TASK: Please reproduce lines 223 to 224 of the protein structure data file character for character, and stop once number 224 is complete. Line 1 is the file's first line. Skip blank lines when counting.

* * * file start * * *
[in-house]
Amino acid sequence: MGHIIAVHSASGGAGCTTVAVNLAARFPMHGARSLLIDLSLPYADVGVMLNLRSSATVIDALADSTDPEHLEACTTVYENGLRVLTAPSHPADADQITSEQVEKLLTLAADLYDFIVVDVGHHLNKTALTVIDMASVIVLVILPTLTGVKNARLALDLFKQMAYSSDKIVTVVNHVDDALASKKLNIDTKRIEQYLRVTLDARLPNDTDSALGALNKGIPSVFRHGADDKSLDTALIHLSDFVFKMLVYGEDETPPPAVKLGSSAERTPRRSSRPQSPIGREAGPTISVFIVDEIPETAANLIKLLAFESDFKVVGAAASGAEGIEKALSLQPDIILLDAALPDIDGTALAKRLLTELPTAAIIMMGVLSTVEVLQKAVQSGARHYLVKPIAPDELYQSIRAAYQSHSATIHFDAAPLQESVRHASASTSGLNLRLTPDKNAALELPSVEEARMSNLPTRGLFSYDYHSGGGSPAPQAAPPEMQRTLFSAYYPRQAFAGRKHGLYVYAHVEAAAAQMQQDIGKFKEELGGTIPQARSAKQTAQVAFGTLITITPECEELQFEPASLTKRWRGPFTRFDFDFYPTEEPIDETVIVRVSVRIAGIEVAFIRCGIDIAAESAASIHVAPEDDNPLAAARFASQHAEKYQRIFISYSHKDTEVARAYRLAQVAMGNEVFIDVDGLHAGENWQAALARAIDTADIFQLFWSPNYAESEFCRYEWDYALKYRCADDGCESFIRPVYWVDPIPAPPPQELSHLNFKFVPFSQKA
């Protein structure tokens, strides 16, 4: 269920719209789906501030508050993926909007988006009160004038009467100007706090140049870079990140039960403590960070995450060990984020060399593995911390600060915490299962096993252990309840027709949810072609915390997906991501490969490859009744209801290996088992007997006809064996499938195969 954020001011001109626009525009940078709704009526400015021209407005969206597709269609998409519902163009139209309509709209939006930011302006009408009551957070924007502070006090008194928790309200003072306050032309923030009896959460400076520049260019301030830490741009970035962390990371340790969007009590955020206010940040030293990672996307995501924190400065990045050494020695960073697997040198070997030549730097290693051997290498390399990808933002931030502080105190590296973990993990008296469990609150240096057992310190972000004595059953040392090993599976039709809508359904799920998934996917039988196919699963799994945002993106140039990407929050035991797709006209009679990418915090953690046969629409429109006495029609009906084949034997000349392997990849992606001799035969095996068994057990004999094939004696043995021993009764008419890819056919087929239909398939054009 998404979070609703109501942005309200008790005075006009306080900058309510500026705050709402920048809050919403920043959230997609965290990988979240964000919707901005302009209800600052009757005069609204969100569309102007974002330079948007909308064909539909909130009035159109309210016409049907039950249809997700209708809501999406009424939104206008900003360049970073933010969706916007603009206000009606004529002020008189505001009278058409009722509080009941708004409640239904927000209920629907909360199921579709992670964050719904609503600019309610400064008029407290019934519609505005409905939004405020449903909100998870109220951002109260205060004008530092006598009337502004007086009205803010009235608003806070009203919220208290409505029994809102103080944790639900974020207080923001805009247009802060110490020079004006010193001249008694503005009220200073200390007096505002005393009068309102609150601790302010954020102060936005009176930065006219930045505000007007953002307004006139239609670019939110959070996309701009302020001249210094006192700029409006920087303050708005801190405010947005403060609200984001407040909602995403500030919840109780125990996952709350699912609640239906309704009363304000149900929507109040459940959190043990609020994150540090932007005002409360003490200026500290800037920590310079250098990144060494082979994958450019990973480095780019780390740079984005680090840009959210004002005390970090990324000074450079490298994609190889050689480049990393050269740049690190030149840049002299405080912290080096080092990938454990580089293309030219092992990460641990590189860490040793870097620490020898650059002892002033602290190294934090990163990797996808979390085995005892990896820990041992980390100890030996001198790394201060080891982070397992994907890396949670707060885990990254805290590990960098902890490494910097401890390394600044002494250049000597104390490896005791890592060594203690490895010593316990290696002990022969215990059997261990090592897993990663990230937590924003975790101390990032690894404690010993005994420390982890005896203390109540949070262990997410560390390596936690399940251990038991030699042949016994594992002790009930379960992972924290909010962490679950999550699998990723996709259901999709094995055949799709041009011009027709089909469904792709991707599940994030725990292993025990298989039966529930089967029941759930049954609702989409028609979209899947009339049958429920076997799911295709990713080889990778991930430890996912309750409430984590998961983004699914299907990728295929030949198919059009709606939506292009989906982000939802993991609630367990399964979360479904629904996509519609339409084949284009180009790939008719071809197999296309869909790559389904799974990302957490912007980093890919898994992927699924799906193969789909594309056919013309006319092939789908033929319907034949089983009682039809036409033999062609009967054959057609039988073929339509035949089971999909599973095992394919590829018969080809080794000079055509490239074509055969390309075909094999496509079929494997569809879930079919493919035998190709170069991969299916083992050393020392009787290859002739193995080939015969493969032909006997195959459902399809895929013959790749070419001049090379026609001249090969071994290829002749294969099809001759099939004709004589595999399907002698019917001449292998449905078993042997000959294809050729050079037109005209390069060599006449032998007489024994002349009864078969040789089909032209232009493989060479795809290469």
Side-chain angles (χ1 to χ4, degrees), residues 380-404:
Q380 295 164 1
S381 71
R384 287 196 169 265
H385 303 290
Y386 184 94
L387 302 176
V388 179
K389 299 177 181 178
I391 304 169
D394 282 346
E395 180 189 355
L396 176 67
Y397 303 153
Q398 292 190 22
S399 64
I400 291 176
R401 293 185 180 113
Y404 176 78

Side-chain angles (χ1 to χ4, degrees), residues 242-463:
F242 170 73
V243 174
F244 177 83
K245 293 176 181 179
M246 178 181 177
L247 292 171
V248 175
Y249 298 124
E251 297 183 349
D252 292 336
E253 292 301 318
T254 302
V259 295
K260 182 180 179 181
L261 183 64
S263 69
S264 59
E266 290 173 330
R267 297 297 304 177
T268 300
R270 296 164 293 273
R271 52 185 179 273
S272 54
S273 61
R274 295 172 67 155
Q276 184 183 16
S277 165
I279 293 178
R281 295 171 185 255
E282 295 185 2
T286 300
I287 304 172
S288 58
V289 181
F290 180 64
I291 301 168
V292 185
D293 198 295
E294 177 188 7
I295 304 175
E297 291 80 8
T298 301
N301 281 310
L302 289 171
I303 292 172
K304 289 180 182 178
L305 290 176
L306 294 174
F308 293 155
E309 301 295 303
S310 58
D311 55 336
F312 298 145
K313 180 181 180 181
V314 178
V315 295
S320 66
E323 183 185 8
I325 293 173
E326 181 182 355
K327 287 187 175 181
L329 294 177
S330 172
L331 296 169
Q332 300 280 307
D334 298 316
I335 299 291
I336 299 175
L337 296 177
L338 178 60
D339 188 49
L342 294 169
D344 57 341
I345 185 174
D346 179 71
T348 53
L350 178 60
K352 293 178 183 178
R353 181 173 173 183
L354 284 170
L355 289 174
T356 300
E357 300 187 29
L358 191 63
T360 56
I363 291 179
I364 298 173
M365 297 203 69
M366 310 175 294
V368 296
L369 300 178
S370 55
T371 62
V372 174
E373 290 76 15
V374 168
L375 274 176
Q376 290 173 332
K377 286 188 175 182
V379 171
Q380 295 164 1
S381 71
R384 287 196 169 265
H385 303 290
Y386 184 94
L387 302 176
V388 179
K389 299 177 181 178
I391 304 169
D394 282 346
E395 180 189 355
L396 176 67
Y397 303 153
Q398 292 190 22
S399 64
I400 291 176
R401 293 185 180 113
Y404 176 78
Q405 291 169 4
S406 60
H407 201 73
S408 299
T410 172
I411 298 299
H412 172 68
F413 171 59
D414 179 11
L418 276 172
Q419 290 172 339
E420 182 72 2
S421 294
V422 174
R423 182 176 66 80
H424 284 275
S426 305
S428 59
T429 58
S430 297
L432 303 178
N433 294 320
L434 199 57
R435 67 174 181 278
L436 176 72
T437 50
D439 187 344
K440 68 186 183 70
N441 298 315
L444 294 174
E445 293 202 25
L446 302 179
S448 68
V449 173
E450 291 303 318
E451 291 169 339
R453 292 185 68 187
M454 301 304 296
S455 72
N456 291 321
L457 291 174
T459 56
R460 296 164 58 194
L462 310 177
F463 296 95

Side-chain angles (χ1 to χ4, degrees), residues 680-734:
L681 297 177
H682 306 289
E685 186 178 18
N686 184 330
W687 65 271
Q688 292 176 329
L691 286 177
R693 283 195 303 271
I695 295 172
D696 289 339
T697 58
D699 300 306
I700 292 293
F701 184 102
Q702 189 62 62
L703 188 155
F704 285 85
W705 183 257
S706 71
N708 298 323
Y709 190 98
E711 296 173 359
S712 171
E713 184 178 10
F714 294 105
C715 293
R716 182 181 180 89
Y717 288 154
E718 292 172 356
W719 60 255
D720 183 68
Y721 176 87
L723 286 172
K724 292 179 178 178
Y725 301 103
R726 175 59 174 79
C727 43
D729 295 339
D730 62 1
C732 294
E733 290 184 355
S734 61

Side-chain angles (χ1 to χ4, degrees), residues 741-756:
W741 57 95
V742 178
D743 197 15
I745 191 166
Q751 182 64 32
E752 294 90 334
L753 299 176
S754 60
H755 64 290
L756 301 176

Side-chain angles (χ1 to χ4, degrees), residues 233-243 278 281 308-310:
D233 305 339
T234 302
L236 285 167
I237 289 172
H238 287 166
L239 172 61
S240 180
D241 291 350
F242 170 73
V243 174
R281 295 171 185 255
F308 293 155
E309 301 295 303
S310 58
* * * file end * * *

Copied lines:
R726 175 59 174 79
C727 43